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Scientists seek stellar surprises on satellite skin

CAPE CANAVERAL - Scientists said Tuesday they are giving the white-glove treatment to a satellite that orbited Earth for six years, hoping the stardust it collected will tell them how the solar system was formed. The Long Duration Exposure Facility (LDEF) satellite, brought down from orbit Jan. 20 in a space shuttle, is covered with about 10,000 holes made by tiny particles of cosmic dust that hit it during its journey, according to researchers who have been studying the satellite in a sterilized building at the Kennedy Space Center since last week.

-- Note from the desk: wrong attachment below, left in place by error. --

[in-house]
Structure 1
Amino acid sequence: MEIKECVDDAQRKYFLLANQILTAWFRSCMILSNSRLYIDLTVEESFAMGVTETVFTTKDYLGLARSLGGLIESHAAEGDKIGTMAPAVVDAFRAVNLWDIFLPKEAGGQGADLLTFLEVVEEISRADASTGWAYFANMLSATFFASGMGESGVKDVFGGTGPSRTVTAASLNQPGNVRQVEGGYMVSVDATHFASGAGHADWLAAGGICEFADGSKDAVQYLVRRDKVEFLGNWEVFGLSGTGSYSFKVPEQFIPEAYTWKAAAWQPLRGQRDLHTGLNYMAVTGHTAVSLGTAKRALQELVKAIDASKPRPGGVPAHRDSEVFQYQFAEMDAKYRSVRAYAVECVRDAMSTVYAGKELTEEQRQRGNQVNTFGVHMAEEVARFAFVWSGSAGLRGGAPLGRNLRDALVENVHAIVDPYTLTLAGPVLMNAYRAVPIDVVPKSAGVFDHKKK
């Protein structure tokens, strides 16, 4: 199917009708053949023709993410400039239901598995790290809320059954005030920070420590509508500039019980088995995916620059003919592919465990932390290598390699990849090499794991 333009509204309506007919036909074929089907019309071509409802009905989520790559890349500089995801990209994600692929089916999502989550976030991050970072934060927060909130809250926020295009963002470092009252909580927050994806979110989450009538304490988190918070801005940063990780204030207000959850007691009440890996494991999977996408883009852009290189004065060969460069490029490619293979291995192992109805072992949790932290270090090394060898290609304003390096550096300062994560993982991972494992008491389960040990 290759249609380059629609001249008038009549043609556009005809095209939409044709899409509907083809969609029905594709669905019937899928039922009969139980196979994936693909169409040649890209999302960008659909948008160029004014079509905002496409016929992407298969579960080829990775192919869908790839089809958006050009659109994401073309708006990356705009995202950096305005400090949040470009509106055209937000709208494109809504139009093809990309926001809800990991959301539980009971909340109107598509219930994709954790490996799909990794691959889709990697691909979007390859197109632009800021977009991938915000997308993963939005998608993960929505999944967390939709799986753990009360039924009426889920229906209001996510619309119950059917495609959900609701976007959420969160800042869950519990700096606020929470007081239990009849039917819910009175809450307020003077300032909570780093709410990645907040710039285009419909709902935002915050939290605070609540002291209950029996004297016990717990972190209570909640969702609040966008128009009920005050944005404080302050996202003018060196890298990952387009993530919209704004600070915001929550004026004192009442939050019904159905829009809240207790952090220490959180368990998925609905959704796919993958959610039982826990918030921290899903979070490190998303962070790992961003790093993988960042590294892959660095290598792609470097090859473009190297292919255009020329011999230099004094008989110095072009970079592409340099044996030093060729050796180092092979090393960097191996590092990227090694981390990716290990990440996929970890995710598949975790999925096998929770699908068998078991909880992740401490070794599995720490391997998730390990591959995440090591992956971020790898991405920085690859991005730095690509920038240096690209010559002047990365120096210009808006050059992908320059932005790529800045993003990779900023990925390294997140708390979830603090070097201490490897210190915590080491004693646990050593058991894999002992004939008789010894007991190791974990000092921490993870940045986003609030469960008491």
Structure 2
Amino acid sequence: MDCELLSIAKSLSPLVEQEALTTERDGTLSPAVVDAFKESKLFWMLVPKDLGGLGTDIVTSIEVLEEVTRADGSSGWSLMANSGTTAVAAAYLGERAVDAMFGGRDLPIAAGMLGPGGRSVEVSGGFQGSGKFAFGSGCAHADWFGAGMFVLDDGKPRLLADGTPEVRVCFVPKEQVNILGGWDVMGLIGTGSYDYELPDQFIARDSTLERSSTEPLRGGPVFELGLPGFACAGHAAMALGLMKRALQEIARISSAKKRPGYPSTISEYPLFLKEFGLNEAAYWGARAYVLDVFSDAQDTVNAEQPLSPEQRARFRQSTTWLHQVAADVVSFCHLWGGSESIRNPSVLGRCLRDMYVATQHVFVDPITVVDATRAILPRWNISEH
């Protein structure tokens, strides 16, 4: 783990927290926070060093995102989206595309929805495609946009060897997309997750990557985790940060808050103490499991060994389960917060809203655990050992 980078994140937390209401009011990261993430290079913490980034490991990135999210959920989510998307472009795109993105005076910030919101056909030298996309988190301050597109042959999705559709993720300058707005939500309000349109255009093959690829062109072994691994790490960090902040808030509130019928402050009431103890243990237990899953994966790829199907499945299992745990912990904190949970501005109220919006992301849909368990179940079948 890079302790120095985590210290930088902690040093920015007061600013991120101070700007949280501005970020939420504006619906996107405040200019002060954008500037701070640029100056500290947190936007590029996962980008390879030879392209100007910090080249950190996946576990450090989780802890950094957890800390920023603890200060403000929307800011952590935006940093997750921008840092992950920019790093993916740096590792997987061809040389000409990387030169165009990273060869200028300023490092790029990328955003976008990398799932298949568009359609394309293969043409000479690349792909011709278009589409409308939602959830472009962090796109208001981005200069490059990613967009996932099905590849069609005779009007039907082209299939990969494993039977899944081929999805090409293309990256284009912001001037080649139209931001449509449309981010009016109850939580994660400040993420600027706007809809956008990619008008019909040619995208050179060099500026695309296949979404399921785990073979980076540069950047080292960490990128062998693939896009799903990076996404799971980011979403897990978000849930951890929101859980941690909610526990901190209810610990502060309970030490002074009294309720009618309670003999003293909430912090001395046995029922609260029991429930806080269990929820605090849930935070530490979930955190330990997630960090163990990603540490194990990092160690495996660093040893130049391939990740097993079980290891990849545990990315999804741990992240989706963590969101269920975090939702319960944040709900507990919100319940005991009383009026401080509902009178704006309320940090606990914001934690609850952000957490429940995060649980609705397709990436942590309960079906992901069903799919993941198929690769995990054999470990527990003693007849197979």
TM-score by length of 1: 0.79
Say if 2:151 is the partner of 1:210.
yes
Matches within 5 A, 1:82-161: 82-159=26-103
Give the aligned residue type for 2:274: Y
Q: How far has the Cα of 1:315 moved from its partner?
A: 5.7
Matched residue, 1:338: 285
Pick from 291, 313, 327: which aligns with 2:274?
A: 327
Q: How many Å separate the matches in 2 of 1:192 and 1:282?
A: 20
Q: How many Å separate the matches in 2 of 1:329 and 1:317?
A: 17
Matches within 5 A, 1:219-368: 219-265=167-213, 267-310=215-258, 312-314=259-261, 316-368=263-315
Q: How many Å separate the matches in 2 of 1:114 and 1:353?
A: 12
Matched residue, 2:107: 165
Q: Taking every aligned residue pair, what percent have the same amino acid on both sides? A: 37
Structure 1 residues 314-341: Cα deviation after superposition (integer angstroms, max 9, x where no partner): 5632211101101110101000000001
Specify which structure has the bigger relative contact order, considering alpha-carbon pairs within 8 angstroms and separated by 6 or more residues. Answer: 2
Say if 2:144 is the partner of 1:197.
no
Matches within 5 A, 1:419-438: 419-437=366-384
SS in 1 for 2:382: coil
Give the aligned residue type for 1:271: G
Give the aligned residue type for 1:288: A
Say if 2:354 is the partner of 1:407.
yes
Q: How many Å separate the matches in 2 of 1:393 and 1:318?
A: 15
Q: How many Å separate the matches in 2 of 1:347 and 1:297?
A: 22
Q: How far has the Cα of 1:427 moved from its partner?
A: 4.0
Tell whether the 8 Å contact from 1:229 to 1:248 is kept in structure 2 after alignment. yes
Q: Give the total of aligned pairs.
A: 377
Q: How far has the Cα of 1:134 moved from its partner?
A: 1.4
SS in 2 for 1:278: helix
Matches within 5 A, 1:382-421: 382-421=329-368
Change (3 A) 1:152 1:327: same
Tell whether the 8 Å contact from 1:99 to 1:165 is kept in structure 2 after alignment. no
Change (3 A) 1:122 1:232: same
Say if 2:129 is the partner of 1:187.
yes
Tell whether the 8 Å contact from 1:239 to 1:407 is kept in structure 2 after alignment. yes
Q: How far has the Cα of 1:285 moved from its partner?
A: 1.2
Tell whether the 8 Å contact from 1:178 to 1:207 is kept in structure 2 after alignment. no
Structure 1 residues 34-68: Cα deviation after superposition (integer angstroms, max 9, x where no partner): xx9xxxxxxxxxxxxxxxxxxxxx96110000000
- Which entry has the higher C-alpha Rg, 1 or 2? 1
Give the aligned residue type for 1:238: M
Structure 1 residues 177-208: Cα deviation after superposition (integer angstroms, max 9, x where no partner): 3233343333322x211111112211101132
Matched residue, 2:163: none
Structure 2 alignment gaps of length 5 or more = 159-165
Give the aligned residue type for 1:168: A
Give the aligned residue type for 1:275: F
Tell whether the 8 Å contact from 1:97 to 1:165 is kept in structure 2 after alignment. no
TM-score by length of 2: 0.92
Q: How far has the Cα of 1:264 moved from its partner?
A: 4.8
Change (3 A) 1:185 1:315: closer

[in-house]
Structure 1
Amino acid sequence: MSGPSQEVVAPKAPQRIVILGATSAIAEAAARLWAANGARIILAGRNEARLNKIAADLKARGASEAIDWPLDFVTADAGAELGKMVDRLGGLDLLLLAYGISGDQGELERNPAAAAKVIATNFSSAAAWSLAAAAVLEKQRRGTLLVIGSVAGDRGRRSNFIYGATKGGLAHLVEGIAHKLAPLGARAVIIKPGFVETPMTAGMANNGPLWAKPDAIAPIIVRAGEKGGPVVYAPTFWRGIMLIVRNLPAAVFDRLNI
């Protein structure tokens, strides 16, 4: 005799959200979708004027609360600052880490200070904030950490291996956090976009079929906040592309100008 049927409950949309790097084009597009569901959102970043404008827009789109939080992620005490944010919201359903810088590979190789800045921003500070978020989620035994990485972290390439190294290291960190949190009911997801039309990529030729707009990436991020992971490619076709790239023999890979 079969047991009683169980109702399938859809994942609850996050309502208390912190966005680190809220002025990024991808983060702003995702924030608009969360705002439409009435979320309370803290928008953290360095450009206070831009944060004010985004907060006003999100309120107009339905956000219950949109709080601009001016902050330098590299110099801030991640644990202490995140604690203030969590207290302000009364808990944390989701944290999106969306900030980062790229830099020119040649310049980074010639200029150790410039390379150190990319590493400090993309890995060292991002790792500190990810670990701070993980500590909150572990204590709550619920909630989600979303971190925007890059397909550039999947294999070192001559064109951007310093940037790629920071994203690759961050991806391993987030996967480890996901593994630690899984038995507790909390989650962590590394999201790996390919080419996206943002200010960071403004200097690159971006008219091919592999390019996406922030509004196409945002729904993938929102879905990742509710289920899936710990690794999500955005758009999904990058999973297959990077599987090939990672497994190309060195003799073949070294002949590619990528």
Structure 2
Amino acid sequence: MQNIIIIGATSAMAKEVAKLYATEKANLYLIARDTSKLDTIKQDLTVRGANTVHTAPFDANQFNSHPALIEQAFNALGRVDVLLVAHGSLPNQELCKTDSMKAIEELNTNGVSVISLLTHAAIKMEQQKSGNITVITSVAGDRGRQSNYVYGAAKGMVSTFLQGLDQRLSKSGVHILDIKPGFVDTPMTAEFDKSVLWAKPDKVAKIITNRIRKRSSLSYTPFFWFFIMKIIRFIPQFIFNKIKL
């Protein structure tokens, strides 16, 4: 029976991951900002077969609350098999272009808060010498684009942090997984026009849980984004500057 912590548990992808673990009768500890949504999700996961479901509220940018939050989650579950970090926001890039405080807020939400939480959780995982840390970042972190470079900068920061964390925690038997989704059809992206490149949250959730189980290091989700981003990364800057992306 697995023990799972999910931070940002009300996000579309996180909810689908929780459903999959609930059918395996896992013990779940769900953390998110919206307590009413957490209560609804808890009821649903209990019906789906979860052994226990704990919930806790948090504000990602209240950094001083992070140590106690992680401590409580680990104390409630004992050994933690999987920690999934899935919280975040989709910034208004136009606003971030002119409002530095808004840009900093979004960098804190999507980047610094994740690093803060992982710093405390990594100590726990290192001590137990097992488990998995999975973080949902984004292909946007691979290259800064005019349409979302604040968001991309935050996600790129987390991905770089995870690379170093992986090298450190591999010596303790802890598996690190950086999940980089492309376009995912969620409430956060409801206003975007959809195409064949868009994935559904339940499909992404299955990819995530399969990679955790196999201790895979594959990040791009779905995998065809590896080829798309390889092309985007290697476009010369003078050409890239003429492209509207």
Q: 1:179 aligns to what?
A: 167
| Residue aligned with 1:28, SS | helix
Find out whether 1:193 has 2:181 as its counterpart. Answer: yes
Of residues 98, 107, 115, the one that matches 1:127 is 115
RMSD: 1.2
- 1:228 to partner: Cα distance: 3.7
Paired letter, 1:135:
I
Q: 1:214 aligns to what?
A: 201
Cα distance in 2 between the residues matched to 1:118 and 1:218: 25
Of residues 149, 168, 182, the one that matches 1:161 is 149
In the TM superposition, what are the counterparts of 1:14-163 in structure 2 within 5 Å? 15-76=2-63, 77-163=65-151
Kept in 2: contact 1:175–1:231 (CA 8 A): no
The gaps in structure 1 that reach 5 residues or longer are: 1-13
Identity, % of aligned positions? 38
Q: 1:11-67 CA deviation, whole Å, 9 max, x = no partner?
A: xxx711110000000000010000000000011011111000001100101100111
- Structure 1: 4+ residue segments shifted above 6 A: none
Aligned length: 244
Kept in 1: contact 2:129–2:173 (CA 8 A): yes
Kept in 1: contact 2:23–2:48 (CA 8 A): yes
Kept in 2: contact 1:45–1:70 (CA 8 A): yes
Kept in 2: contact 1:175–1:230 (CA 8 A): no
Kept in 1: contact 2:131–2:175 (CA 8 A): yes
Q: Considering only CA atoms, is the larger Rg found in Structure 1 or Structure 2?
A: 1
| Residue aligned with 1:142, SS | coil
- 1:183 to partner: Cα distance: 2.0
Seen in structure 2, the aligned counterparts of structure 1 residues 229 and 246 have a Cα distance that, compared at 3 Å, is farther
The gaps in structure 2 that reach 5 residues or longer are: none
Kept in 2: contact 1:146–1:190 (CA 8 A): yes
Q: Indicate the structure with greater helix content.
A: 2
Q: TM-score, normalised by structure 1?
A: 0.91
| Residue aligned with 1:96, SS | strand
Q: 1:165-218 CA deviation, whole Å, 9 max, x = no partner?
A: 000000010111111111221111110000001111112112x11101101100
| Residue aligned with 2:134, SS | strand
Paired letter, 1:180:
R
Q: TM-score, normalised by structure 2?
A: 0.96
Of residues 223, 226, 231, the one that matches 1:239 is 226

"We're looking for stardust. That sounds romantic, but it's true," said Dr. Robert Walker, a researcher with Washington University in St. Louis.

"We expect that comets are the repository of the most primitive, or even primordial, material that we can find in the solar system," he said.

The researchers said they were making a preliminary inspection of the satellite, which holds 57 experiments designed to see how long-term space exposure affects terrestrial material, such as metal alloys and seeds.

Walker leads an international team of scientists who have been looking at LDEF through binoculars for more than a week. It will be at least another week before they can get close enough to view their experiment under an electron microscope.